Most people have something to be thankful for on Thanksgiving. Jean Lawless is certainly among them. She’s made it through a childhood filled with tragedy, loss and little in the way of love, to a life that’s rich in creativity, warmth and rewarding relationships.
She grew up in East Islip, Long Island. “It was all woods and fields, old barns, creeks and the Great South Bay,” she recalled, “so in terms of nature I had the most extraordinary childhood. We lived in a little old farmhouse and my grandmother lived on the other side of the stream, in the big brick house. All that was terrific.”
At the age of 5, she had a sister two years older, a Mom at home and a Dad who was an infantry captain in the Army, fighting his way across Italy during World War II. Within a few months of his safe return, what happiness there might have been was destroyed by a household accident — a falling marble mantelpiece — that killed her seven-year-old sister. “The tragedy permeated the whole family,” she remembered. “It affected me very deeply.”
Back then, in the late 1940s, emotions, loss, death and tragedy were not handled as they are today. Her family dealt, or really failed to deal, with her sister’s death, by “not talking about it. It was all just pushed down.” So life went on, or seemed to. Her father, who came from a family of stockbrokers, went to work in the city every morning at 6:30 and her mom was at home. “Despite his being a broker, we lived in a tiny farmhouse and lived fairly simply. We had dogs and my father hunted ducks and my mother cooked.”
As the years went by, “I was always torn between the comfort of my Grammy’s house where things were always in order and my own home, where I longed for the comfort of parents who you felt really loved you.” In retrospect she realized that her parents were deeply troubled by her sister’s death but, at the time, of course, that kind of insight was beyond the reach of a growing child. With each year, she became angrier and more rebellious. Doing badly in the East Islip public school, she was sent to a local private school and was expelled in short order.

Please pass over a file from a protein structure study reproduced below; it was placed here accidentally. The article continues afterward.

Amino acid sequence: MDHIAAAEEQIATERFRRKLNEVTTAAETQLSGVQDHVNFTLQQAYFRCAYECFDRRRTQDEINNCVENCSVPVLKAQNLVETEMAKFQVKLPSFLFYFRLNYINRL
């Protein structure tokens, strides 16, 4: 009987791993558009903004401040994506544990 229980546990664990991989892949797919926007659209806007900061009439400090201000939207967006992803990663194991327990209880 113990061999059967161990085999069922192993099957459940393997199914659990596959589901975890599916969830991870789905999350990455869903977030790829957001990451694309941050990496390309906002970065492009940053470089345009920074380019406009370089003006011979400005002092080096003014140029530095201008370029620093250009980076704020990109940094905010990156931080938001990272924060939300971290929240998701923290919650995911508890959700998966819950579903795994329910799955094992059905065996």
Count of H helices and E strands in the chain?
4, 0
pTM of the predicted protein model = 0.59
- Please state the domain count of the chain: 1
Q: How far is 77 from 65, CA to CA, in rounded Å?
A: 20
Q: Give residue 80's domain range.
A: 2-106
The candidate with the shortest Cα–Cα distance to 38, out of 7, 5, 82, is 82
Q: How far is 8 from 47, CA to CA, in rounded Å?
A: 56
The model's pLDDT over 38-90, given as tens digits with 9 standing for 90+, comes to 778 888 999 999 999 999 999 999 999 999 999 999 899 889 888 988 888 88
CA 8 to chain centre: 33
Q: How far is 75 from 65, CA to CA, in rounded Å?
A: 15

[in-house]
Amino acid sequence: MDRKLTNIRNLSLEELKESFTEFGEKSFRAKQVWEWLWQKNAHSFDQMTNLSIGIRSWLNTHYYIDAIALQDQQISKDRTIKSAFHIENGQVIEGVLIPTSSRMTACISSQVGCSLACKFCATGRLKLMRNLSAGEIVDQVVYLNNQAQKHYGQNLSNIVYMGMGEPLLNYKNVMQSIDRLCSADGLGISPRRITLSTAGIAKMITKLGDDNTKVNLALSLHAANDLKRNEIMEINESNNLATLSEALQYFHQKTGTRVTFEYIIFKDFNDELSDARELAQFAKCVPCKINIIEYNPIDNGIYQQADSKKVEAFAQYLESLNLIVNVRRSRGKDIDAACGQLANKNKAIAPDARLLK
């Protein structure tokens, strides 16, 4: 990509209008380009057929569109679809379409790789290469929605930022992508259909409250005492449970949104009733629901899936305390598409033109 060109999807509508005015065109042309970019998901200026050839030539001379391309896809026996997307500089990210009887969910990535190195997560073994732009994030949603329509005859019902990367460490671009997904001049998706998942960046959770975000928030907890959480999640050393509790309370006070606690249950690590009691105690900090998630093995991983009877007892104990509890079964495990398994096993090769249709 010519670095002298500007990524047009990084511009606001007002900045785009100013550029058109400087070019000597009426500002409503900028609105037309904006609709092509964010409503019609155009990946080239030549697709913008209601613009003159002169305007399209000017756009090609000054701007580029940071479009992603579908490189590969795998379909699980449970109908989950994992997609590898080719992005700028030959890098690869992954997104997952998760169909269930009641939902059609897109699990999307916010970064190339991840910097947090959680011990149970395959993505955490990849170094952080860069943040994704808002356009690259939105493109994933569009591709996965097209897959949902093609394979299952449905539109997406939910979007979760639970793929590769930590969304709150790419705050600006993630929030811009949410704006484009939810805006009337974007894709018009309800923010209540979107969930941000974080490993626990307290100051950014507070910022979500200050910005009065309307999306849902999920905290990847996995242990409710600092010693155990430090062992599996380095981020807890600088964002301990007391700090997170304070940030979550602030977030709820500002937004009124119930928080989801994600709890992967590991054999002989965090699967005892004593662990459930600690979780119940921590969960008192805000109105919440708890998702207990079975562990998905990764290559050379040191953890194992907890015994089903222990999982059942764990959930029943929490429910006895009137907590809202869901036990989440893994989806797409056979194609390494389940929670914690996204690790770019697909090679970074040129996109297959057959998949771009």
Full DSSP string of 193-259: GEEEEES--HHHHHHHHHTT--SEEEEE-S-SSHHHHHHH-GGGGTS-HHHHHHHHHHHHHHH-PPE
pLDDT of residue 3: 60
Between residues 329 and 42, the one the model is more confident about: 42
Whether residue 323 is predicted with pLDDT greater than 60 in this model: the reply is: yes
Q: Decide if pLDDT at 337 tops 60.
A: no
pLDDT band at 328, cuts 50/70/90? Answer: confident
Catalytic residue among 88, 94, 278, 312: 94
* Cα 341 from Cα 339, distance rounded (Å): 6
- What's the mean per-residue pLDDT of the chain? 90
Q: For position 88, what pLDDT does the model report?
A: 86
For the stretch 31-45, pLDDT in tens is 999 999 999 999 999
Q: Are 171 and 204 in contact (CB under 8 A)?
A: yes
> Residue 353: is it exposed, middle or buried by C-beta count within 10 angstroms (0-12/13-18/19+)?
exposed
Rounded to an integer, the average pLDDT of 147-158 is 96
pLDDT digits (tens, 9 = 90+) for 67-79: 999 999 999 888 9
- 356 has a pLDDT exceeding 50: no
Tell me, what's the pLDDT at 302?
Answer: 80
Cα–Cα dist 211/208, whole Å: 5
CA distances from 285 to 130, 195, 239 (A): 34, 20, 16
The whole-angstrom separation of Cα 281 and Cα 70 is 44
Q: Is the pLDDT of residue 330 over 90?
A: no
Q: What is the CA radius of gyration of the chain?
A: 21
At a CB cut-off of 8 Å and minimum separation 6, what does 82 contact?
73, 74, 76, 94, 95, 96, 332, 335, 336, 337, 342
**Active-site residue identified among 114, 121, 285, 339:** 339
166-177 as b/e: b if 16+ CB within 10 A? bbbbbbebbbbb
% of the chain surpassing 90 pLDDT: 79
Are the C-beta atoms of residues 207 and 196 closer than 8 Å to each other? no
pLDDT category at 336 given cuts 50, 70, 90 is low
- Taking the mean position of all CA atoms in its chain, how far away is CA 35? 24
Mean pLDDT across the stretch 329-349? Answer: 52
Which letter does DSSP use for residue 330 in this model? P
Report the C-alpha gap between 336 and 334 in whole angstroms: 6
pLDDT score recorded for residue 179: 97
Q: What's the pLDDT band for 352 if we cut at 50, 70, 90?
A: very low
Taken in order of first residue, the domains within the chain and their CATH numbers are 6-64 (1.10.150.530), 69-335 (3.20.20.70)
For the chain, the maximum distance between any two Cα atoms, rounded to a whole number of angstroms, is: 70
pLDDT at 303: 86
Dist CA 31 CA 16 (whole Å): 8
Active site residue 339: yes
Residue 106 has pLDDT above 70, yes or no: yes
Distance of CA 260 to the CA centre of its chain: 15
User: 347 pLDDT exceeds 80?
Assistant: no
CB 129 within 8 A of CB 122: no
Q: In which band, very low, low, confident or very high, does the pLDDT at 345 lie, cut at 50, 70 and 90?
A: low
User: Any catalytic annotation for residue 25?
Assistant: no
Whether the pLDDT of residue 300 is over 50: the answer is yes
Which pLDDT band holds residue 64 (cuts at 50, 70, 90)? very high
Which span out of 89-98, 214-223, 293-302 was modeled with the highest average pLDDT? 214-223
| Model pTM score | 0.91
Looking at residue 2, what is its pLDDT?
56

“Then my mother, thinking she could shape me up, shipped me out to a proper girls’ school, Miss Chapin’s,” in New York City. “There I was, a little country girl, boarded with a doctor and his wife, who lived a few blocks away” from the school. “Talk about a fish out of water! You had to wear stockings, this little hat, a uniform, you had to learn your Bible verses. I lasted a year and a half.”
She remembers often sneaking out of the apartment where she boarded, in the middle of the night, and riding the city busses aimlessly. “I was scared to death, frightened, angry, looking for some place to feel, to be, and to be comfortable and to feel good and it just wasn’t happening for me.”
Then her luck began to turn as the first of several important women came into her life. “My aunt Charlotte came and rescued me, because my mother didn’t know what to do with me and didn’t want me around and my aunt took me to a tiny boarding school up in Amenia, New York, near where she lived. I spent the next two years there, repeated a grade, had a boyfriend up there and felt cared for from that moment on.”
Her boyfriend “came from a very successful artistic family” who lived in Greenwich Village, she said. “So that began to open my eyes to a world of bohemians, art, cafés. On weekends, holidays, summers, that became my home and his mother, an artist and painter, an extraordinary woman in the art world, took me under her wing. For the first time in my life, I thought, Wow! People dance, people paint, write poetry. You can hang out in Washington Square Park in your sandals and long skirts and grow your hair long. I felt free. But I also felt totally lost.”